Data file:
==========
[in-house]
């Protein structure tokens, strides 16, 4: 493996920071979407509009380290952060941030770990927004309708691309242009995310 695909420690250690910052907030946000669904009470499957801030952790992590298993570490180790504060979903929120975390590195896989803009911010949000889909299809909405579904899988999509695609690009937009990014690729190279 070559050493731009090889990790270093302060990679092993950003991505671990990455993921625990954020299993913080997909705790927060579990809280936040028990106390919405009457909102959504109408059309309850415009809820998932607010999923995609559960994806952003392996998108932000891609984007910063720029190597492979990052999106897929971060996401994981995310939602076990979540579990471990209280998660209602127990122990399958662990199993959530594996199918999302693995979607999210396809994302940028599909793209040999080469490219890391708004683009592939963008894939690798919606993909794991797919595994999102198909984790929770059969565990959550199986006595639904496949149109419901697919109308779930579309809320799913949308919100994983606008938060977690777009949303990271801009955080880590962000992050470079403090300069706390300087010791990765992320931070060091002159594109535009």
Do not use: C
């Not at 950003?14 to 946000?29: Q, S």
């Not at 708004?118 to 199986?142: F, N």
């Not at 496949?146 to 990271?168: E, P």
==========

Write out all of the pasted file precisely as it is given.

[in-house]
């Protein structure tokens, strides 16, 4: 493996920071979407509009380290952060941030770990927004309708691309242009995310 695909420690250690910052907030946000669904009470499957801030952790992590298993570490180790504060979903929120975390590195896989803009911010949000889909299809909405579904899988999509695609690009937009990014690729190279 070559050493731009090889990790270093302060990679092993950003991505671990990455993921625990954020299993913080997909705790927060579990809280936040028990106390919405009457909102959504109408059309309850415009809820998932607010999923995609559960994806952003392996998108932000891609984007910063720029190597492979990052999106897929971060996401994981995310939602076990979540579990471990209280998660209602127990122990399958662990199993959530594996199918999302693995979607999210396809994302940028599909793209040999080469490219890391708004683009592939963008894939690798919606993909794991797919595994999102198909984790929770059969565990959550199986006595639904496949149109419901697919109308779930579309809320799913949308919100994983606008938060977690777009949303990271801009955080880590962000992050470079403090300069706390300087010791990765992320931070060091002159594109535009």
Do not use: C
């Not at 950003?14 to 946000?29: Q, S």
């Not at 708004?118 to 199986?142: F, N």
């Not at 496949?146 to 990271?168: E, P």